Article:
Alcohol, teens don’t mix well

It’s that time of year when we look ahead to the transition to the next phase of life for high school seniors.

They’re young. They’re excited. They’ll want to celebrate their milestone of graduation with friends.

And, while we’re wishing them well on this big step toward their future, it’s also a time to issue a common-sense warning: Alcohol and graduation parties are not a mix that bodes well for those bright futures. Teenagers who shouldn’t be drinking often end up as tragic headlines if they do.

Graduates might sometimes try to pressure parents to offer beer or other alcoholic drinks at a party, so their friends will think they are “cool.” The parents also will be asked to look the other way during parties as graduates and their friends help themselves to a couple of cold ones from the keg or a few shots from the bottle.

The vast majority of parents know the law is very clear about supplying alcohol to anyone under the legal age. The number of parents who provide alcohol to teens is small, and the majority of parents use common sense and refuse to allow alcohol at graduation parties.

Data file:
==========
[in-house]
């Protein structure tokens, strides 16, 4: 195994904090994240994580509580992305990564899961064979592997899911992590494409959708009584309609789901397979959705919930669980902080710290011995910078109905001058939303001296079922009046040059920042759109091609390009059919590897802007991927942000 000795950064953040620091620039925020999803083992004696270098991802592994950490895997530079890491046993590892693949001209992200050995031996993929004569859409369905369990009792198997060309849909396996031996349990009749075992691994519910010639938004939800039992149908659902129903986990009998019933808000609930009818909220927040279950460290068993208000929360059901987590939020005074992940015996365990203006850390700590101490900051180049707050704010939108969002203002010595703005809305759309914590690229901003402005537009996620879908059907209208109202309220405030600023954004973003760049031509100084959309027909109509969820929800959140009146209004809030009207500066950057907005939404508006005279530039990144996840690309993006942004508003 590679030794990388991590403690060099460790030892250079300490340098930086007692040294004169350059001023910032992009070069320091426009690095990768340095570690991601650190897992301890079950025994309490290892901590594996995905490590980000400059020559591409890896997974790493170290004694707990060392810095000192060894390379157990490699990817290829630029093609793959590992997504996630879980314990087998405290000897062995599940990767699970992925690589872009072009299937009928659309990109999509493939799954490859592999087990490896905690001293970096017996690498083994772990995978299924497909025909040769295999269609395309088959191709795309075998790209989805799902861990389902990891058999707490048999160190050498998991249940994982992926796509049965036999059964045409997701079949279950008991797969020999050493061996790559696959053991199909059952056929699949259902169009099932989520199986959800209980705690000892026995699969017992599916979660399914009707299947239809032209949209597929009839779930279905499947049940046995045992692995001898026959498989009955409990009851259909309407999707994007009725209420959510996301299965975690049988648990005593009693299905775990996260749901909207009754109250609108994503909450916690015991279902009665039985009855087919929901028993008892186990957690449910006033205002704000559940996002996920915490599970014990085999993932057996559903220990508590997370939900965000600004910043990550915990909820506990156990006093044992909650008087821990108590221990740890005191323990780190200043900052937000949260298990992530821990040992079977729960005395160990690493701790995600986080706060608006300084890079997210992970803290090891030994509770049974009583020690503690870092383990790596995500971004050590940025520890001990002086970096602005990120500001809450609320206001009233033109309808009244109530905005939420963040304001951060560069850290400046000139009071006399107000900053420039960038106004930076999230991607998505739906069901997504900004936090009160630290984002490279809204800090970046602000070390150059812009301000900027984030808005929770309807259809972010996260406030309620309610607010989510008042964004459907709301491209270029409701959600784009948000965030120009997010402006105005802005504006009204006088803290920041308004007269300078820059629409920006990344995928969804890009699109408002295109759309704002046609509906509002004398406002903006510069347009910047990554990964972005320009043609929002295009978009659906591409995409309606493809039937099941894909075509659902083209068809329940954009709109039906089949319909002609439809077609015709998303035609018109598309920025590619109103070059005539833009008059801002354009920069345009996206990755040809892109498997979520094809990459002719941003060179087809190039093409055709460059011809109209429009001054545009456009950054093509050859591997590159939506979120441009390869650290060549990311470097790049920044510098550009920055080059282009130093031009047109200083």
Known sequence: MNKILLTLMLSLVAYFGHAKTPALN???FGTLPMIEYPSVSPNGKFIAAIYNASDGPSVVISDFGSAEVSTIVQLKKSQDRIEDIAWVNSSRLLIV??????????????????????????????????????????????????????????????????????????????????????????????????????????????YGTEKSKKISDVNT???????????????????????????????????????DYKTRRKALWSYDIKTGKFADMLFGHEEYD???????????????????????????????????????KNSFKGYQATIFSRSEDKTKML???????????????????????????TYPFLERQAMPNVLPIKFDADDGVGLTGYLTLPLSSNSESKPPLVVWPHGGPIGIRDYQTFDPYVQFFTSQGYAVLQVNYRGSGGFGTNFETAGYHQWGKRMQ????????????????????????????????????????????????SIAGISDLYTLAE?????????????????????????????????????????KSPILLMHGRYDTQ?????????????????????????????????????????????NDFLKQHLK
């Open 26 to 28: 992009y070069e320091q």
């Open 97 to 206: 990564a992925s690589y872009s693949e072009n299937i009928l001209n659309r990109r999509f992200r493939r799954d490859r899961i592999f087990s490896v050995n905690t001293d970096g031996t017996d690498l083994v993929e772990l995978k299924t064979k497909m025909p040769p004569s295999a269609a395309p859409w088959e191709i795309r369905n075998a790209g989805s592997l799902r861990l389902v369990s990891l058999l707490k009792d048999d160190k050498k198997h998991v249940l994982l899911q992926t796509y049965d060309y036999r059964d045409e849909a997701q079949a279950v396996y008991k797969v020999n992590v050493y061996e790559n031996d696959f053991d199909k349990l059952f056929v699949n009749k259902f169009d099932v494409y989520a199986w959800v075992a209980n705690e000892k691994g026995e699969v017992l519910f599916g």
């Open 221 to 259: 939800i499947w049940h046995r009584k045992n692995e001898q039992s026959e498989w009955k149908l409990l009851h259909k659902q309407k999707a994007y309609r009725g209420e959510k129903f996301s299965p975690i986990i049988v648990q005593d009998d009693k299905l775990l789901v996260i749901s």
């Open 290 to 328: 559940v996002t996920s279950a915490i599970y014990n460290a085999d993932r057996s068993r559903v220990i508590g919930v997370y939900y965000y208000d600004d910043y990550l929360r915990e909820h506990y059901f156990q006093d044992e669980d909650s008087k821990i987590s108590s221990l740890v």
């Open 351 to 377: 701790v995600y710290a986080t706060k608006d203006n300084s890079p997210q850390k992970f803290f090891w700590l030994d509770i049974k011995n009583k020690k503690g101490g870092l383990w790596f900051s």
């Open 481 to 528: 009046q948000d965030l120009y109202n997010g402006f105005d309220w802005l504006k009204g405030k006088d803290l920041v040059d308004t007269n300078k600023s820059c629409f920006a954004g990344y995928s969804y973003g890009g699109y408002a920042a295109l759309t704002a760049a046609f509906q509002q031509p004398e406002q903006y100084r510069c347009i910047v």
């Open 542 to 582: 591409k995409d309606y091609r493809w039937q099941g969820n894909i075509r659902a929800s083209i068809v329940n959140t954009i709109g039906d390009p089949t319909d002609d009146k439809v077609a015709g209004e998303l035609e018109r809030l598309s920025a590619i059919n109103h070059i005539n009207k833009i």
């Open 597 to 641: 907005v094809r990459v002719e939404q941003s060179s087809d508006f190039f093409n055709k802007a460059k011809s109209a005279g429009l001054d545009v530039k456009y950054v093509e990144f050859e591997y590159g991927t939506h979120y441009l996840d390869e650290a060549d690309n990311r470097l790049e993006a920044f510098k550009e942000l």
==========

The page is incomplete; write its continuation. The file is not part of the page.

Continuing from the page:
Underage drinking can result in one of the leading causes of death for teenagers — car accidents. Binge drinking can turn to alcohol poisoning. Underage alcohol use also is linked to sexual assaults, date rapes of teens and the increased chance of sexually transmitted diseases.

Lives can be forever changed by the immature decisions made by teens under the influence.

Parents need to make it clear any party they host will be alcohol-free — even for the adults.

Parents need to talk to their children about attending other graduation parties. Find out who is hosting, if alcohol will be available, who is invited and how many adults will be present.

Also, have discussions with your children about what to do if they are at a party with alcohol present.

Make it clear that it’s OK, to call home for a ride for safety’s sake.

High school graduation parties are a celebration of a big event in a person’s life, but alcohol and teens don’t mix, and if you try to put them together, the results can turn out poorly.


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